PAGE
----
Landau, whose comments were included in the mayor's news release about his letter, dated Wednesday, said the commission "will take up the mayor's charge and, as a matter of fact, we are already looking at intergroup relations in the city, particularly in changing communities."
The commission voted Friday to have its next public meeting April 18 in the Fairmount-Brewerytown area to address issues raised in the magazine piece.
On Monday, McGrath will moderate a panel discussion starting at 6:30 p.m. at the National Constitution Center about the issues raised in the story and the controversy it stirred.
In the first sentence of his four-page letter, Nutter came out swinging against not only the article, but also the magazine's reputation.
"This month Philadelphia Magazine has sunk to a new low even for a publication that has long pretended that its suburban readers were the only citizens civically engaged and socially active in the Philadelphia area," Nutter wrote.
He said either the author, Robert Huber, or the people quoted were "too cowardly to provide" real names.
Nutter accused Huber of ignoring positive anecdotes "to feed his own misguided perception" that African Americans are "lazy, shiftless, irresponsible, and largely criminal."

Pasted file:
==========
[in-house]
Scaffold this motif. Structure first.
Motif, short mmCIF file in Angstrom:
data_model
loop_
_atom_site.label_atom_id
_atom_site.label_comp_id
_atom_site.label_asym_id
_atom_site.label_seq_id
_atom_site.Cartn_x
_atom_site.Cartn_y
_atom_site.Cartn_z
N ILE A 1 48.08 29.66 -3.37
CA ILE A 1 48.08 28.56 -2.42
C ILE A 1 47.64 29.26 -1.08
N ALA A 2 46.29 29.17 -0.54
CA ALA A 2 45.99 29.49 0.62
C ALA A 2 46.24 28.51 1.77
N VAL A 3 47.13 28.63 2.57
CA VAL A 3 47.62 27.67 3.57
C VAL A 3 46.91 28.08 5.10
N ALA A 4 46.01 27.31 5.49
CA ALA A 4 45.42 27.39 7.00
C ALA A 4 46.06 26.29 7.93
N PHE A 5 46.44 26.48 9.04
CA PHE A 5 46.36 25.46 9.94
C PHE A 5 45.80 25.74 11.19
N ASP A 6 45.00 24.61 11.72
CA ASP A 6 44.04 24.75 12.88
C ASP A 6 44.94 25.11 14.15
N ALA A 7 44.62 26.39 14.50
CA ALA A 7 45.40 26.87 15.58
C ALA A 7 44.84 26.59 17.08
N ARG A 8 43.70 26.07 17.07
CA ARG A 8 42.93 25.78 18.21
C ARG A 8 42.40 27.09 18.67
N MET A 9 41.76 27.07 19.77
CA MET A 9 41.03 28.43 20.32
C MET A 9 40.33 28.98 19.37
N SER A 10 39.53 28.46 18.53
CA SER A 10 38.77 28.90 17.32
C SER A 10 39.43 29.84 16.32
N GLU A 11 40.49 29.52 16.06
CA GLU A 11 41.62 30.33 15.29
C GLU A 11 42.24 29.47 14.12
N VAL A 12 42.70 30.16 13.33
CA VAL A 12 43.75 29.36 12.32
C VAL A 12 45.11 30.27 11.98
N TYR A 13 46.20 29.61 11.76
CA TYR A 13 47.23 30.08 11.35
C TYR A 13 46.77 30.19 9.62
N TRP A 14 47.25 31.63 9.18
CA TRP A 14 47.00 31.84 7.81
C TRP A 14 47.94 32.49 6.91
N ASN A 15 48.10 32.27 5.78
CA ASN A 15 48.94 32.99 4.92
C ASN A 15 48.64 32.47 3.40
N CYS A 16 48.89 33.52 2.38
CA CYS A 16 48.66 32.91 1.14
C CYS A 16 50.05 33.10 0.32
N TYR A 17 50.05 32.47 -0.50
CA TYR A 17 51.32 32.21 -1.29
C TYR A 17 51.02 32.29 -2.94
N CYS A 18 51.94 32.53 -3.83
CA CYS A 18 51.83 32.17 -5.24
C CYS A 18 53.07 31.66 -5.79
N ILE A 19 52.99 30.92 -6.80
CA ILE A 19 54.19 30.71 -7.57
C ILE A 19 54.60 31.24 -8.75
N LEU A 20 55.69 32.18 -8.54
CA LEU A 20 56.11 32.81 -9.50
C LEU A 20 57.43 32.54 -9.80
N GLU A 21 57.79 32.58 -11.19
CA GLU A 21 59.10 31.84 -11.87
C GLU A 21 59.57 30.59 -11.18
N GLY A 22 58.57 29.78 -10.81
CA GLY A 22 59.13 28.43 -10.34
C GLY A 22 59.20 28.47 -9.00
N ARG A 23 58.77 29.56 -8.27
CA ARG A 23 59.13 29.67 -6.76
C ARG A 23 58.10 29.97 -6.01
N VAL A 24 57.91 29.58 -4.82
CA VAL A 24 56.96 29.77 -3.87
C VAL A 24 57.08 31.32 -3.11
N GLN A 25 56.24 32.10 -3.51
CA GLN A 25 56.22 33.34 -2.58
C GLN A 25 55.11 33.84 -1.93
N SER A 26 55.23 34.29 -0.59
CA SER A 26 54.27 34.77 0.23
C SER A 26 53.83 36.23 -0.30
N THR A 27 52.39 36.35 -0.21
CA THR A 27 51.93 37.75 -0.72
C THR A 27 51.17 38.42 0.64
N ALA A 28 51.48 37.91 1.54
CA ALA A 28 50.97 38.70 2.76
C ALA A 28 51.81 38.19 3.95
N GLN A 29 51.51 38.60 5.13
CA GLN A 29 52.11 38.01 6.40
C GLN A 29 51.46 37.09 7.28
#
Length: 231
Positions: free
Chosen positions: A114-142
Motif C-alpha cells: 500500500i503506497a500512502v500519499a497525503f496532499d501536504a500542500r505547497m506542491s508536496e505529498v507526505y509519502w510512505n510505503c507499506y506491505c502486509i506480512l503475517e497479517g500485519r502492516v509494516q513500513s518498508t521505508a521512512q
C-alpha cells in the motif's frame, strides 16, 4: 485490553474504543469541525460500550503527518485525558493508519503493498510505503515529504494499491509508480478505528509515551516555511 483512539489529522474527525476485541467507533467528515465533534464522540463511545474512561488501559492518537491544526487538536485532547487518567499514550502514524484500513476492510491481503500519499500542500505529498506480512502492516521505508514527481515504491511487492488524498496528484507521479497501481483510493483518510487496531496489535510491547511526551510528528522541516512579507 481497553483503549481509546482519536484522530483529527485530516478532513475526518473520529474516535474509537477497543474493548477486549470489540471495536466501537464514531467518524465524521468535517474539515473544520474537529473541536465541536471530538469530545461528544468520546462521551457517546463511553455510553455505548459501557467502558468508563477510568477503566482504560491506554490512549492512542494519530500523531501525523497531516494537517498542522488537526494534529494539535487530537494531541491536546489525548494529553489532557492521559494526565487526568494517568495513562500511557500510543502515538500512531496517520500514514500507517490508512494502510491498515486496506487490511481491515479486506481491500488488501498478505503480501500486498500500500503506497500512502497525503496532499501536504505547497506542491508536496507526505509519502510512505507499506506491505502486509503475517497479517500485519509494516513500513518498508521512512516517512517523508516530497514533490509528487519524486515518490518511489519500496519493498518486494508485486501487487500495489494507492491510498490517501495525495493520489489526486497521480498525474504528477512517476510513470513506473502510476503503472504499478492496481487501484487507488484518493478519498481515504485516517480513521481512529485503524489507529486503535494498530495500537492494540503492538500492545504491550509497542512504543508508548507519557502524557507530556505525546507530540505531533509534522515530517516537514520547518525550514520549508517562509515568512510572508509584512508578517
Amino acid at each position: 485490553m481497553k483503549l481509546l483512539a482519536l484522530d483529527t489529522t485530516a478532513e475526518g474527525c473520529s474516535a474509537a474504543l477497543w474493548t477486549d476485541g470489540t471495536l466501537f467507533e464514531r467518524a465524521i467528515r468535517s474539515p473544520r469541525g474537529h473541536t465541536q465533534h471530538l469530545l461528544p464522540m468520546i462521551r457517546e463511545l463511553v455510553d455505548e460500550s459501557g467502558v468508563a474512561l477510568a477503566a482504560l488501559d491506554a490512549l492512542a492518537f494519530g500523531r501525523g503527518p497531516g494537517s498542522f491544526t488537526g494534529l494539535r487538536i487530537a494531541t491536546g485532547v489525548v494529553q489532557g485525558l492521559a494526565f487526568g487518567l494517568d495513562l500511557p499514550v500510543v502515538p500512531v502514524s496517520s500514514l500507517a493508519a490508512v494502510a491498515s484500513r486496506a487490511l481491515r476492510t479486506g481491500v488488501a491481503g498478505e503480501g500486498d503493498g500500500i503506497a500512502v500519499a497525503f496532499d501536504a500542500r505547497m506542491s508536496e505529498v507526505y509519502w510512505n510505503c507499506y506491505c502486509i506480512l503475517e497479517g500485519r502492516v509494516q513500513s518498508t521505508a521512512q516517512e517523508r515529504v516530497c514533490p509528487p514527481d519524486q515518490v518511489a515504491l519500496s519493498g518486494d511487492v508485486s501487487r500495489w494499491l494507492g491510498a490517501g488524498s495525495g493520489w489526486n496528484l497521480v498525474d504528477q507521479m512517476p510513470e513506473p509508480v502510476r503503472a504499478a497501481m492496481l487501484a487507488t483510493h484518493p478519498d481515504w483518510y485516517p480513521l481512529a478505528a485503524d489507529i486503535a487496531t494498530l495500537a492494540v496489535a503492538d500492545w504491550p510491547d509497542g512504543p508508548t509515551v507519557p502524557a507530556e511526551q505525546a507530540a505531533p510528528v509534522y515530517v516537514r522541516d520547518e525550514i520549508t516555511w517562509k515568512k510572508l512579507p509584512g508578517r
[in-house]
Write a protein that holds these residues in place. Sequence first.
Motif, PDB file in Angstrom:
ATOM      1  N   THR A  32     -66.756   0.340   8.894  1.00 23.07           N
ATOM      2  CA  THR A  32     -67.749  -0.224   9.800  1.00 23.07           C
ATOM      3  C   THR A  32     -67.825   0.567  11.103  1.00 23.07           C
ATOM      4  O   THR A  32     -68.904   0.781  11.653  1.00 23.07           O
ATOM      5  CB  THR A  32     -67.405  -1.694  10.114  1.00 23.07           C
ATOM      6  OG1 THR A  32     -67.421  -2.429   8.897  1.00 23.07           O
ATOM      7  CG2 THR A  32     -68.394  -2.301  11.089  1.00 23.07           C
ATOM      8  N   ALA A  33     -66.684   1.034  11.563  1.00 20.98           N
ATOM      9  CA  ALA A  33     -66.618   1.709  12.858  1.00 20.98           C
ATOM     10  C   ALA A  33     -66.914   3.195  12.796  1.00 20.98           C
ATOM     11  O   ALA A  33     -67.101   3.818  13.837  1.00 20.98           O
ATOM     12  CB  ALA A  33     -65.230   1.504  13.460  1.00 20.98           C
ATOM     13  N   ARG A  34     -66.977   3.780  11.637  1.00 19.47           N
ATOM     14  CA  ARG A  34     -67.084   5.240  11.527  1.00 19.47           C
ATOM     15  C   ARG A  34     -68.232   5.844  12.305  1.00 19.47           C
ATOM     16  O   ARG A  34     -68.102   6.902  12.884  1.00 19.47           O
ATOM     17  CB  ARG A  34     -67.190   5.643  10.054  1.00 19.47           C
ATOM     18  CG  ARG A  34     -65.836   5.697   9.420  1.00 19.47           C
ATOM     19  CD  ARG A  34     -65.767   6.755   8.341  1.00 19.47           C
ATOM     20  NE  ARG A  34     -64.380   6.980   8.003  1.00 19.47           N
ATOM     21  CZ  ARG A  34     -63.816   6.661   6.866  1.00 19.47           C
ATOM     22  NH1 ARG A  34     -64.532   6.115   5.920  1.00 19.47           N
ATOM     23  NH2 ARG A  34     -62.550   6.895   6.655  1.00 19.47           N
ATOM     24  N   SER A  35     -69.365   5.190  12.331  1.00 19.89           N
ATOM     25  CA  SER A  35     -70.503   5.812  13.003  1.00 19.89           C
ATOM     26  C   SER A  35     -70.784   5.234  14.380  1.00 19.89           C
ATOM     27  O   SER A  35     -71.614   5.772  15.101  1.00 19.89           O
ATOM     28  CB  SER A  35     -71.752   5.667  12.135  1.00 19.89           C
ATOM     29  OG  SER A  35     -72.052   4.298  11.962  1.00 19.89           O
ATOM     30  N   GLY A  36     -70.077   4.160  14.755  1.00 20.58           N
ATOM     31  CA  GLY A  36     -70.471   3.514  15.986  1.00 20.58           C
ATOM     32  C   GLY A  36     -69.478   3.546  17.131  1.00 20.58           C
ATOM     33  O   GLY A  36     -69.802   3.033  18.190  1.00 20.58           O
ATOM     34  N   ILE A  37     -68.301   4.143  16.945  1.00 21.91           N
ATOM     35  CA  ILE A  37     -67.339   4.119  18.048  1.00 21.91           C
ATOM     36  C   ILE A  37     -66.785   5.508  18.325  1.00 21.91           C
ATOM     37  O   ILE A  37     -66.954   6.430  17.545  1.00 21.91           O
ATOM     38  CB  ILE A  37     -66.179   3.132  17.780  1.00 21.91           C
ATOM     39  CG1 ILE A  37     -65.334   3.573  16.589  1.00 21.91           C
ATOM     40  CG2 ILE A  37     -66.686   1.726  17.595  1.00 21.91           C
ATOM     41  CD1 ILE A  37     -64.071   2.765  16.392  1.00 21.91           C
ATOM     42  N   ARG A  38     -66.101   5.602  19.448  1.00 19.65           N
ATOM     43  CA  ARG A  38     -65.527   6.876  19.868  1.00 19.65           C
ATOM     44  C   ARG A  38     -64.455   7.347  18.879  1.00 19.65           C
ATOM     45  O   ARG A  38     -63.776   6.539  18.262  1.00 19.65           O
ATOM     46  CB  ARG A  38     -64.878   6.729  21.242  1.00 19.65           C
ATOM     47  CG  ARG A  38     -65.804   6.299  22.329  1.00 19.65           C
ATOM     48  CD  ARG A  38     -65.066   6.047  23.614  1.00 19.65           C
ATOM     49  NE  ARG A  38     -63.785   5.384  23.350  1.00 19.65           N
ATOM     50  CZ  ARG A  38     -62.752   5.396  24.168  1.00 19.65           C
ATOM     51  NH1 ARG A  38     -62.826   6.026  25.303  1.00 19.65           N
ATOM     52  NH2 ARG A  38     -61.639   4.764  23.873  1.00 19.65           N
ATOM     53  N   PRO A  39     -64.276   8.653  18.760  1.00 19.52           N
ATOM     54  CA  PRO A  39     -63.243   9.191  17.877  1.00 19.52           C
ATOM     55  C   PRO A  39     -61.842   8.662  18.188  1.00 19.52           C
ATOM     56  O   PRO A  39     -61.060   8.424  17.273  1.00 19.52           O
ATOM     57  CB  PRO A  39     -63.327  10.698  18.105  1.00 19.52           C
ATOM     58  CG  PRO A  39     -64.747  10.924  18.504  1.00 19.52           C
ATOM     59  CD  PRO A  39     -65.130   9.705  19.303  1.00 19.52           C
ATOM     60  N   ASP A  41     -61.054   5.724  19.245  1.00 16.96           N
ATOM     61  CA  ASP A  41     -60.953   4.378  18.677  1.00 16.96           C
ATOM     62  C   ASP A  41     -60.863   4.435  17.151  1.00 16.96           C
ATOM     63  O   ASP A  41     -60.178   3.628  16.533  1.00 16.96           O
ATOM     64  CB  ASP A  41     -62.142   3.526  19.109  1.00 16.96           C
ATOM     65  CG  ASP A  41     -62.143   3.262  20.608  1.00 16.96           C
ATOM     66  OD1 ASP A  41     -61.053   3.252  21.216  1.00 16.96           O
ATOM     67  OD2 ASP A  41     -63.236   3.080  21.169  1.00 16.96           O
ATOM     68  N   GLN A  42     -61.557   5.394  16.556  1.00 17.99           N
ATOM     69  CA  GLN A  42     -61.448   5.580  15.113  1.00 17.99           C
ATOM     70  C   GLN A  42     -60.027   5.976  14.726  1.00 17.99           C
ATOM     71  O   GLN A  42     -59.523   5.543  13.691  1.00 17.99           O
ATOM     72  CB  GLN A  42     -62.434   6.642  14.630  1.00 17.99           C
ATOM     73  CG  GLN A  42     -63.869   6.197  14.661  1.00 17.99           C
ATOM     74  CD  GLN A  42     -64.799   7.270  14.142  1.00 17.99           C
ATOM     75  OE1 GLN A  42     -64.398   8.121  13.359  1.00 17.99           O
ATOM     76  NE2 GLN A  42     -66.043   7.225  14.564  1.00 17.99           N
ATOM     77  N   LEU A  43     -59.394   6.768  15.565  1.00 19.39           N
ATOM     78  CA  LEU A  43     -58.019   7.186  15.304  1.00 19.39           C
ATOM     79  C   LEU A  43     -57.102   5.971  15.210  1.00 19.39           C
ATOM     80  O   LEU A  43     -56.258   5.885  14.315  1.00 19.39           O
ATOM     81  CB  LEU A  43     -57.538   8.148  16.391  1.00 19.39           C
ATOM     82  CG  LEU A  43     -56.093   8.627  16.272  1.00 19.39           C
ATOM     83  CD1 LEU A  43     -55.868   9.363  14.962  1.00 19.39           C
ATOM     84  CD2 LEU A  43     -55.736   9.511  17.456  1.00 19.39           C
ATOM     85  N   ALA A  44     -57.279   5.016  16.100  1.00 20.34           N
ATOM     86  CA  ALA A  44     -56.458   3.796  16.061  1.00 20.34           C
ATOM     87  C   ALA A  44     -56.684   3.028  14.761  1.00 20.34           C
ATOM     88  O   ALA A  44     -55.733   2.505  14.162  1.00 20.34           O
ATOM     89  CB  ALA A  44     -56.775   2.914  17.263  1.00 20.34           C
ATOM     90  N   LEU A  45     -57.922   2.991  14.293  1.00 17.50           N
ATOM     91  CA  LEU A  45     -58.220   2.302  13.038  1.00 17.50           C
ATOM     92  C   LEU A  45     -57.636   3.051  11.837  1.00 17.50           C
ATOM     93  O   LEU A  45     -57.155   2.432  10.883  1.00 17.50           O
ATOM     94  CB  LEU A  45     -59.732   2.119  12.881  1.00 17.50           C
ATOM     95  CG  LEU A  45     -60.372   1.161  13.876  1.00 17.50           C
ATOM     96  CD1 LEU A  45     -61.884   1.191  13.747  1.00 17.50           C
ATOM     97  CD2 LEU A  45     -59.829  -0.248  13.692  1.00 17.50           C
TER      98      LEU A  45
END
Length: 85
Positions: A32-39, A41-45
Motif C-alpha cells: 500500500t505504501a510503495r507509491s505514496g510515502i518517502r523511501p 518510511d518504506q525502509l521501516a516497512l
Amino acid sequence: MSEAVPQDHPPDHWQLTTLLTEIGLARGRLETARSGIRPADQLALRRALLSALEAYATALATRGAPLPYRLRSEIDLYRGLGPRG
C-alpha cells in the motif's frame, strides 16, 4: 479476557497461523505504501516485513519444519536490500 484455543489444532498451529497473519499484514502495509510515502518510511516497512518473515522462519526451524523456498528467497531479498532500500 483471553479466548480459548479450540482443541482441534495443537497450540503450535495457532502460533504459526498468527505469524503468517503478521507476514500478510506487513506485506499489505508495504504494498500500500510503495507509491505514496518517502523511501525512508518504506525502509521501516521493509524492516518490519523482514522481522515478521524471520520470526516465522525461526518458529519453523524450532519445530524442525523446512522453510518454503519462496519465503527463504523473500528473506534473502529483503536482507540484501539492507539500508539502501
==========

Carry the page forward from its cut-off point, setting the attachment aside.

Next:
The mayor called the magazine cynical and hypocritical for providing an alternative cover with "an attractive woman of color" for hotel guests and other visitors.
In an e-mail, Huber responded: "The goal of my piece is to point out problems in race relations in Philadelphia, and to push for a better dialogue. So I think the mayor is right on point in asking for an inquiry into the state of race relations in Philadelphia."
Huber said "the mayor, like anyone, has a right to his reaction to the article. But I think his characterization of the article's thesis and tone and so forth is off the mark to the point of absurdity."
Nutter asked the commission to conduct an inquiry into racial issues and attitudes in the city, and to decide whether the magazine and the writer should be rebuked.
He also asked it to consider whether the article was the "reckless equivalent of 'shouting "fire!" in a crowded theater.' "
In a statement, McGrath said the mayor's suggestion of a rebuke was "rich with irony," after Nutter was shouted down during his budget address before City Council on Thursday.
"In short, the mayor loves the First Amendment - as long as he and the government can control what gets said," McGrath wrote.
Contact Robert Moran at 215-854-5983 or email@example.com, or follow @RobertMoran215 on Twitter.